· To determine and reveal the ways and problems of translating predicative constructions from English into Uzbek

Theoretical and practical significance of the work is that the material can be used in compiling theoretical lectures on the theory of translation and theoretical grammar, and the practical part can be used as a source in seminars on the above mentioned subjects.

The structure of the sentence. It consists of introduction, two chapters, conclusion and the list of used literature.

In the first chapter we deal with the theoretical base of predicate, its types and the means of forming them.

The second chapter is devoted to the ways and problems of translating the predicate constructions from English into Uzbek language.


English predicate and its translation properties into Uzbek

1.1 Constituent analyses of the sentence

The parts of the sentences are the basic syntactical units. First and important in the investigation of the structure of the sentence is segmentation that is articulation of the composition of the sentence into constituents.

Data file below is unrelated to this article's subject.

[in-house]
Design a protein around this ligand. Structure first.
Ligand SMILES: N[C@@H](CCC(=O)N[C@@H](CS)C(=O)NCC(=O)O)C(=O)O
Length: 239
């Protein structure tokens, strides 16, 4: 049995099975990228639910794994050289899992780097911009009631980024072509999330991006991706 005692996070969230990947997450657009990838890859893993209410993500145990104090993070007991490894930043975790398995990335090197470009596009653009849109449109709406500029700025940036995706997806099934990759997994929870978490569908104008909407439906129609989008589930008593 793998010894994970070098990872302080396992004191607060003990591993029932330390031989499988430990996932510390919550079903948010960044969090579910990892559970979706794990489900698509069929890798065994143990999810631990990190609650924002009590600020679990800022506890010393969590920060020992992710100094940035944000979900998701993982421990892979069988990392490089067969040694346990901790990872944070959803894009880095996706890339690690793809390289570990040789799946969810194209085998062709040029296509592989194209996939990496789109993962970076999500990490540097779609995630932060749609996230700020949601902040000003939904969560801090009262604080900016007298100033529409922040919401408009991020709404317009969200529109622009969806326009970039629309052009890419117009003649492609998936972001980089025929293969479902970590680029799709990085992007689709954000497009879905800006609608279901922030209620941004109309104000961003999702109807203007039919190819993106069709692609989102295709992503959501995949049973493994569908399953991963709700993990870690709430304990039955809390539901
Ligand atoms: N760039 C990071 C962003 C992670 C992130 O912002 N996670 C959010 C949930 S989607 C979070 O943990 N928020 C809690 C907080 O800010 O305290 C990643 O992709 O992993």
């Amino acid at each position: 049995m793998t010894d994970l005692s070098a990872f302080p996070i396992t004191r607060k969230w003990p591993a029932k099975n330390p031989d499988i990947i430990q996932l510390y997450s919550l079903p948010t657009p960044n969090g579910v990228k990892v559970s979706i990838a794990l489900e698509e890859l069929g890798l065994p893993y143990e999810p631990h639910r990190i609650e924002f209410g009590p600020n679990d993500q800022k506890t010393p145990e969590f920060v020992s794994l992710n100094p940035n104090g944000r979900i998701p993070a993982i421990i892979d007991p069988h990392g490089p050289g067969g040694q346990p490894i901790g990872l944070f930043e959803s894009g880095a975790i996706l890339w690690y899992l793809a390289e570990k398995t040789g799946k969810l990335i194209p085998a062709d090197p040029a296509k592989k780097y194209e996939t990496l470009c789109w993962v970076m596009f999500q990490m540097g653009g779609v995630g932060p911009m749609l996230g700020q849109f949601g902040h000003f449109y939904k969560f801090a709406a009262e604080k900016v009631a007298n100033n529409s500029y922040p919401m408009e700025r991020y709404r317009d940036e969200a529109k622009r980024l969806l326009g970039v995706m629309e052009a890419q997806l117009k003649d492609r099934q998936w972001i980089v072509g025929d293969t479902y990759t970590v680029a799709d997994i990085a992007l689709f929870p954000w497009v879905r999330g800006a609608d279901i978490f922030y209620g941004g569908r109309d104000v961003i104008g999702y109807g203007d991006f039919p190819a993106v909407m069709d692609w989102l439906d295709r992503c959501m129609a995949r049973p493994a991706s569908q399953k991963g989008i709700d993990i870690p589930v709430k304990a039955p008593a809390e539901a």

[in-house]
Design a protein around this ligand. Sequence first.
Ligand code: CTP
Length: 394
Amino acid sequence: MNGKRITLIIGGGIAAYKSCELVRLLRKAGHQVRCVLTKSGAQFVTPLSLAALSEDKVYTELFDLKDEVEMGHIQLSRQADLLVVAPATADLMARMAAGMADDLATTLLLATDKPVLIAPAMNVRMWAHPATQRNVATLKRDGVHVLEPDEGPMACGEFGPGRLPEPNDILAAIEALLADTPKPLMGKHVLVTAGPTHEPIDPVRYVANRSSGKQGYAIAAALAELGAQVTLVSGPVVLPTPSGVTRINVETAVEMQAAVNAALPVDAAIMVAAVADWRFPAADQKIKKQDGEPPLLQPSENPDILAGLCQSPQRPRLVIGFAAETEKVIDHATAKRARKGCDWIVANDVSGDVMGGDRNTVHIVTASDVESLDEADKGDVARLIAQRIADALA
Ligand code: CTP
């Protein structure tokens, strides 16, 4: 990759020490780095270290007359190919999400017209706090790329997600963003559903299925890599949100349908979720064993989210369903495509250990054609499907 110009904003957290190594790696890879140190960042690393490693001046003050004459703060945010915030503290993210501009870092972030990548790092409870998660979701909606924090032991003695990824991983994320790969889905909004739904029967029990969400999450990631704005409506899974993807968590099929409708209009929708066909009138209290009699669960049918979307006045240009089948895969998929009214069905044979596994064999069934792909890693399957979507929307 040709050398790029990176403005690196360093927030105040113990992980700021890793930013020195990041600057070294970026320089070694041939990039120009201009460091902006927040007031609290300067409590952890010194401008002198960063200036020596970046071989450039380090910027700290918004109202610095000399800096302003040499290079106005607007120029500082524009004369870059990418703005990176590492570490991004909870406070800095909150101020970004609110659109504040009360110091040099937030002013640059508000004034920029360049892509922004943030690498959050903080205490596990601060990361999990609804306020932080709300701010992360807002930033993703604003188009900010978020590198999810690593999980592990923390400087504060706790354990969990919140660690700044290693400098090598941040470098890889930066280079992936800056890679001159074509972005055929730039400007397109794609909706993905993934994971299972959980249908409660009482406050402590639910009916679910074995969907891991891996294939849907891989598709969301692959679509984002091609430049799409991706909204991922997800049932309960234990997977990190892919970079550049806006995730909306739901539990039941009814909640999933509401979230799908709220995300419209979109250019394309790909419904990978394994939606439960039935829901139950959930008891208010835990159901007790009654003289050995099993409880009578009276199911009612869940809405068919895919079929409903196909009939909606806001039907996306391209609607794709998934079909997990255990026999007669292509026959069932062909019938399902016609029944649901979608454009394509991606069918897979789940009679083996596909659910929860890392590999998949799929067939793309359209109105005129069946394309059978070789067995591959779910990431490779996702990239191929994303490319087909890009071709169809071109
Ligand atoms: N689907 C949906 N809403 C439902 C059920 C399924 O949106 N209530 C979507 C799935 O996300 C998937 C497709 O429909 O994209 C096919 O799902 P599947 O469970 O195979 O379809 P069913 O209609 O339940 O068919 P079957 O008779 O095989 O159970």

A sentence as a unit of the language, with the help of which speech communication is carried out, must reflect, on the one hand, all diversity of possible, constantly changing beyond the language situations and, on the other hand, regulate the imagination of them through generalizing character structural schemes and semantic configurations. Blokh M.Y. A Course in Theoretical English Grammar. Moscow, 1983, p 236 Only satisfying these requirements the language can effectively function as a means of communication and a means of thinking activity of man. It is natural that a member of the sentence as a constituent part of the sentence cannot be indifferent to these requirements, but on the contrary, must provide their implementation.

The part of the sentence when it functional syntactical nature doesn't change in all unlimited number of the real sentences (the subject as a source or the object of the action, the predicate as an action that the subject carries out) being differently expressed lexically under conditions of identity of lexemes is sorted as a component of each new sentence with all the new subjects, with their properties, their terms of existence, thus providing the reflection of final setting of language means of unlimited diversity of the objective world and worlds that are created by intellectual activity of human being.

Part of the sentence is a two-sided language mark, which possesses the meaning and the form.